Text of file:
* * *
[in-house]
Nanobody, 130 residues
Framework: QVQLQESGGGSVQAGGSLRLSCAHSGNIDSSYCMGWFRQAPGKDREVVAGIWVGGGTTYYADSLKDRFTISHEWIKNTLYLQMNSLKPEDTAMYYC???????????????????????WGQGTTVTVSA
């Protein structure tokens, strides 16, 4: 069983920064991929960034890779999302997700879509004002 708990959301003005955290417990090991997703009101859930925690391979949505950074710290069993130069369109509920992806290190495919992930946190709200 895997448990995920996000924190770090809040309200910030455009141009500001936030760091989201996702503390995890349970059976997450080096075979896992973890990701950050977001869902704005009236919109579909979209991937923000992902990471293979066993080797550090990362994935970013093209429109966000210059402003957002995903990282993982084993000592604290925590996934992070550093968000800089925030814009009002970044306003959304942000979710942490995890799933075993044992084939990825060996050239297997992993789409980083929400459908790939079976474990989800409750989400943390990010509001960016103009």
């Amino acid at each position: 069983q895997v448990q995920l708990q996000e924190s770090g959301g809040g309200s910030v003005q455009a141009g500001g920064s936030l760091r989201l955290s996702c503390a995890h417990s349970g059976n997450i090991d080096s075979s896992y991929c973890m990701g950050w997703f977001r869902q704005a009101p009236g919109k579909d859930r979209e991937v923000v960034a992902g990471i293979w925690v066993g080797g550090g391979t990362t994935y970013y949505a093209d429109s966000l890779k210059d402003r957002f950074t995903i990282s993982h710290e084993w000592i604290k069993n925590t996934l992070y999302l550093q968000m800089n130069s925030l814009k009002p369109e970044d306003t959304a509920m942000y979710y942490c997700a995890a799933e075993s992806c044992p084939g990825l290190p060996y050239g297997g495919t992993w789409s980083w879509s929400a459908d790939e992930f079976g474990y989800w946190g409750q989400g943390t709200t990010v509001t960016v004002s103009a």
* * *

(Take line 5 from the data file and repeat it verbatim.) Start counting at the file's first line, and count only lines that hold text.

């Amino acid at each position: 069983q895997v448990q995920l708990q996000e924190s770090g959301g809040g309200s910030v003005q455009a141009g500001g920064s936030l760091r989201l955290s996702c503390a995890h417990s349970g059976n997450i090991d080096s075979s896992y991929c973890m990701g950050w997703f977001r869902q704005a009101p009236g919109k579909d859930r979209e991937v923000v960034a992902g990471i293979w925690v066993g080797g550090g391979t990362t994935y970013y949505a093209d429109s966000l890779k210059d402003r957002f950074t995903i990282s993982h710290e084993w000592i604290k069993n925590t996934l992070y999302l550093q968000m800089n130069s925030l814009k009002p369109e970044d306003t959304a509920m942000y979710y942490c997700a995890a799933e075993s992806c044992p084939g990825l290190p060996y050239g297997g495919t992993w789409s980083w879509s929400a459908d790939e992930f079976g474990y989800w946190g409750q989400g943390t709200t990010v509001t960016v004002s103009a």